h1

The moon in 3D!

January 27, 2010

Last month I sent in my completed logbook for the AL Lunar Club to Steve Nathan, the coordinator for that club. We struck up a conversation and he shared the above image and some information about it (with permission to post):

The Moon image is attributed to L. M. Rutherford.  The images were take on Sept. 15 and Nov. 13, 1864.  His original negatives were copied by many (!) 3D stereo card publishers for decades…into the early 1900’s.  Other phases of the Moon were also shot in 3D, but all took advantage of the libration effect. Similar 3D images exist for the planets, sunspots, meteors, etc.; all with limited, to no 3D effect. However, somewhere around here I have Neil Armstrong’s famous lunar bootprint…in 3D! (FYI: much of the NASA lunar program photography was done in 3D).  Intriguing, eh?!

If you don’t have a stereo-viewer (I don’t), don’t click on the image (leave it at column width), hold your head back at least a foot and a half from the screen (farther is easier), cross your eyes until the moons double up and then merge the two in the middle to make one bright 3D moon between the two flat ones.

Earlier I had asked if two cameras had to be widely separated geographically to get the stereopair. For making stereopairs of Earthly objects, two photos must be taken with the camera in slightly different places to simulate the separation between our eyes. Since the moon is a quarter of a million miles away, it seemed logical that you’d need the cameras to be as far apart as possible. But as you can read above, the two shots were separated not in space but in time. Steve wrote:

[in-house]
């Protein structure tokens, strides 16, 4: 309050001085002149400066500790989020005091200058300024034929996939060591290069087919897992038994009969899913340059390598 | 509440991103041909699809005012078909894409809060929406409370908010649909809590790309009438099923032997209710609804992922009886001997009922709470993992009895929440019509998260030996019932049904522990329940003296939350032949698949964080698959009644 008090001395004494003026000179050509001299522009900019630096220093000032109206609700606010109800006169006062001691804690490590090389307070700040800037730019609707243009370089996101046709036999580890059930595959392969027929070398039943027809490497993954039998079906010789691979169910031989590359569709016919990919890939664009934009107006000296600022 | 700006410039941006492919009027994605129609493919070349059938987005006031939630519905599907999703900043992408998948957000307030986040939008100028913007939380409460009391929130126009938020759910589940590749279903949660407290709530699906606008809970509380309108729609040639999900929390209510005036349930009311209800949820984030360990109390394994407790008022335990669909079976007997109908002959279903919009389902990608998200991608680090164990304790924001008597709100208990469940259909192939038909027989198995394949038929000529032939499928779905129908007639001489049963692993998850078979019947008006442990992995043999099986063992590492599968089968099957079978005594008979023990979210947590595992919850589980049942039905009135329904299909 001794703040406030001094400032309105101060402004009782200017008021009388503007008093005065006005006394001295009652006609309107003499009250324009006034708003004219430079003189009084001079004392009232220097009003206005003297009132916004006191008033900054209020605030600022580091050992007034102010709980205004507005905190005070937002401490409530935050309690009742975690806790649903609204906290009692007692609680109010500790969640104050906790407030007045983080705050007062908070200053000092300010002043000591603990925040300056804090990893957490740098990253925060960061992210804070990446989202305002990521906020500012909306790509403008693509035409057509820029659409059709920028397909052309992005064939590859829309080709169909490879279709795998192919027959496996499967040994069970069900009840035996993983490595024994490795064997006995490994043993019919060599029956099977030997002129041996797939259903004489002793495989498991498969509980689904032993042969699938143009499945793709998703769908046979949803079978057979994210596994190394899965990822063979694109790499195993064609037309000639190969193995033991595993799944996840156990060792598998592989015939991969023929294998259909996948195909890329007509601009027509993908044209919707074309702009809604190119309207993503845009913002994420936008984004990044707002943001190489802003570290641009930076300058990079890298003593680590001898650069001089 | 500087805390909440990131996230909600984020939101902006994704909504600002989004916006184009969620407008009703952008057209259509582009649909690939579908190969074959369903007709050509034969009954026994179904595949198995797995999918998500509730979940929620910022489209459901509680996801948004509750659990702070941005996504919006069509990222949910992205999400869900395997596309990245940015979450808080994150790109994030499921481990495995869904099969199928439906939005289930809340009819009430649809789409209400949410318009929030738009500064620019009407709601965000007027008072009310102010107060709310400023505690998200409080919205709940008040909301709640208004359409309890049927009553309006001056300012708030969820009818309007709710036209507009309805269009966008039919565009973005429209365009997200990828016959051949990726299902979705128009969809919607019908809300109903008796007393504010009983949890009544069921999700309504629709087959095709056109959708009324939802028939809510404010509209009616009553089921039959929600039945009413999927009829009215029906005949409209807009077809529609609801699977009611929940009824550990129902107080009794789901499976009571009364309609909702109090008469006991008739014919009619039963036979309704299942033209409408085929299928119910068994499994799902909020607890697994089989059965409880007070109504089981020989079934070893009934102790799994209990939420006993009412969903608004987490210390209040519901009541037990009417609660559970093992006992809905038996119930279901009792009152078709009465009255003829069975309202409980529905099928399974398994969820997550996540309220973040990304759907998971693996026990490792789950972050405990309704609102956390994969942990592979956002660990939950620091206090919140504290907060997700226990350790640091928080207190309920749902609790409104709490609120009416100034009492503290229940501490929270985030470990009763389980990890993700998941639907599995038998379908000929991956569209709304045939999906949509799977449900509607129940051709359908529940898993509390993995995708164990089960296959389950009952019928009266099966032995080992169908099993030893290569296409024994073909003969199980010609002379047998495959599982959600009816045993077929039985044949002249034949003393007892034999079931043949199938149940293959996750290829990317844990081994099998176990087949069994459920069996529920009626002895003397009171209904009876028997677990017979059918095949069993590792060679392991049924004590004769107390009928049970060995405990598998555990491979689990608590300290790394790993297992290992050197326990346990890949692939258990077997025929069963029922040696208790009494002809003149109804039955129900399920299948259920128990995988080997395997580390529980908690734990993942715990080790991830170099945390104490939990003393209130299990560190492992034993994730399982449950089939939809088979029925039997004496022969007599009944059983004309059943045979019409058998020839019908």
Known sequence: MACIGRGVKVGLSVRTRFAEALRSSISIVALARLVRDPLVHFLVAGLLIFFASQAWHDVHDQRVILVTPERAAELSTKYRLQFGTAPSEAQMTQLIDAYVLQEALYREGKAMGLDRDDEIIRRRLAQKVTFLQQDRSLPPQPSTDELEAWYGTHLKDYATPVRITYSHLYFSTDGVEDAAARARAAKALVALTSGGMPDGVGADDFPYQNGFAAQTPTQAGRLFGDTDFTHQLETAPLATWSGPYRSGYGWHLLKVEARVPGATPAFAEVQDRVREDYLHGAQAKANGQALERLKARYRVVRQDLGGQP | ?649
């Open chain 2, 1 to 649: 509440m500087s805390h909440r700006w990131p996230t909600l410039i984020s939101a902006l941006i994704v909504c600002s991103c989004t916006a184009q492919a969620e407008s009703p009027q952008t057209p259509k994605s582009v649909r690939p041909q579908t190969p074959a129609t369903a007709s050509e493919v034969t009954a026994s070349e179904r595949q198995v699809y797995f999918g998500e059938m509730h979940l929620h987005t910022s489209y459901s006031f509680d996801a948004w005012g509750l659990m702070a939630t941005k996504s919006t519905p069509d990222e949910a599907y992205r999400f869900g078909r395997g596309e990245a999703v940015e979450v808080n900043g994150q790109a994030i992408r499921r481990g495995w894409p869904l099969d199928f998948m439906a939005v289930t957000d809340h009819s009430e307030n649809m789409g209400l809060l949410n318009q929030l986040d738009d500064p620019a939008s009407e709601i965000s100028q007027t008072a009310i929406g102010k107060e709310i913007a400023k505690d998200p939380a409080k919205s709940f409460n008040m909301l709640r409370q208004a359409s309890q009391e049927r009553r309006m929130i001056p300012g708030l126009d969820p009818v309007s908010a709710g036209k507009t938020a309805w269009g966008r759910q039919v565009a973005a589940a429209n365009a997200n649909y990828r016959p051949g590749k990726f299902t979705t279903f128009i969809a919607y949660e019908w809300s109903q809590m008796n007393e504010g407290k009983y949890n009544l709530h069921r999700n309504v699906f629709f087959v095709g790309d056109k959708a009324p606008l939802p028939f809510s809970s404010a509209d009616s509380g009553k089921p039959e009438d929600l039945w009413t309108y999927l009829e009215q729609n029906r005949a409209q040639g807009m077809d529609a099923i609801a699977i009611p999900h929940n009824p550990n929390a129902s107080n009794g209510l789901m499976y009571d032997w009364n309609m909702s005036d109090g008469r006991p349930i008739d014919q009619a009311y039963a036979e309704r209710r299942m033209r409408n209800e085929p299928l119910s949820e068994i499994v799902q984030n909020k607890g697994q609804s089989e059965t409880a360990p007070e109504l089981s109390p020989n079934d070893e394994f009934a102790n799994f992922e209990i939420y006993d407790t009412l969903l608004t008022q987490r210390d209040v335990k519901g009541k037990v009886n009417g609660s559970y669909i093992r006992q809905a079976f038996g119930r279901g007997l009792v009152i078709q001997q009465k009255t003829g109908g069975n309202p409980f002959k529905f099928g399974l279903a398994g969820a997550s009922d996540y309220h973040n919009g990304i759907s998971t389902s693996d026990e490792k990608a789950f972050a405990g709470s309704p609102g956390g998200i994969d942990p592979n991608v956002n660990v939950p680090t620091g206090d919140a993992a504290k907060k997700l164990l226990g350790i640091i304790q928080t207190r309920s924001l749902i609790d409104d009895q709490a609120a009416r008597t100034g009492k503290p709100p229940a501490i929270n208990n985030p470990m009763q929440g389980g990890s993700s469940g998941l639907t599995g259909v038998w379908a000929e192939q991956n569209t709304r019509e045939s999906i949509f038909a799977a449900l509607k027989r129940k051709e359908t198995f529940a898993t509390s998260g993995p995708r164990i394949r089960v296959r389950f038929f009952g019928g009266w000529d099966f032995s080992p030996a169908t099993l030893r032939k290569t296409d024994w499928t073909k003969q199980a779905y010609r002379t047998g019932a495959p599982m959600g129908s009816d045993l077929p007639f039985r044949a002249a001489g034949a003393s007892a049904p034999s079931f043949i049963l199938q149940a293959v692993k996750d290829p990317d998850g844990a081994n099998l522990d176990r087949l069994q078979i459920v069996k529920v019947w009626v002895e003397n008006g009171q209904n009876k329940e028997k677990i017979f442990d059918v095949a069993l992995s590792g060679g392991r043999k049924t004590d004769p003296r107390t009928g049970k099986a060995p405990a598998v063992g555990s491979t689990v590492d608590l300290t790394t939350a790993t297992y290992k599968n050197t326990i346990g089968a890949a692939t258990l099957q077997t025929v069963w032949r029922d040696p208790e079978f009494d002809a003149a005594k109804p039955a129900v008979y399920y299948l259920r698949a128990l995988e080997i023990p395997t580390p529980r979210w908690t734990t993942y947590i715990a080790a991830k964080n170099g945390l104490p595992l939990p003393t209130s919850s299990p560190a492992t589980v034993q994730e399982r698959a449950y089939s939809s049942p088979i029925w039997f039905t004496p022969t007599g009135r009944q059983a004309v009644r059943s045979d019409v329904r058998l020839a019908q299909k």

Libration alone will do the trick, the object of interest (the Moon) presents two different views of itself to the observer; increasing the baseline/camera separation would be redundant.

Libration is the “wobbling” of the moon over time as seen from Earth, because of the complex geometry of the Earth/Moon/Sun system. Go here for a more complete explanation.

Pretty darned cool; there is absolutely no reason I couldn’t give this a whirl as soon as the clouds clear out. If I get anything, I’ll post it here. In the meantime, here’s another version of the stereopair that I cleaned up a bit in GIMP. I like the sepia-toned classic version as well; use whichever tickles your fancy.

Finally, many thanks to Steve for sharing the image and the information!

Advertisements

5 comments

  1. This (A) is the first stereopair that I have ever successfully seen; and (B) looks worryingly like the Death Star, with a big superlaser pit up in the top right quadrant.


  2. This (A) is the first stereopair that I have ever successfully seen;

    Cool! What did the trick, that hasn’t worked before? Can you use it on fossils now? If so, get thee to Powell 2003 and check out those Saltasaurus vertebrae.

    and (B) looks worryingly like the Death Star, with a big superlaser pit up in the top right quadrant.

    That’s no space station–it’s a moon!


  3. If you cross your eyes, what you get looks like the surface of the moon mapped to the inside of a bowl. If, instead, you focus your eyes off in the distance and then move them quickly to the screen and keep the images merged that way, you get the correct effect. If you can’t do that, you can swap the two images in Gimp to get the same effect with eyes crossed, instead. But I recommend learning to do it the old fashioned way.


  4. […] and with it a freebie pair of cheap cardboard red-cyan glasses.  And second, Matt published a steropair of moon images on his blog.  Matt’s friend Jarrod is a professional digital effects artist — in fact he’s […]


  5. WoW! Amazing! A really beautiful image! 🙂



Leave a Reply

Fill in your details below or click an icon to log in:

WordPress.com Logo

You are commenting using your WordPress.com account. Log Out / Change )

Twitter picture

You are commenting using your Twitter account. Log Out / Change )

Facebook photo

You are commenting using your Facebook account. Log Out / Change )

Google+ photo

You are commenting using your Google+ account. Log Out / Change )

Connecting to %s

%d bloggers like this: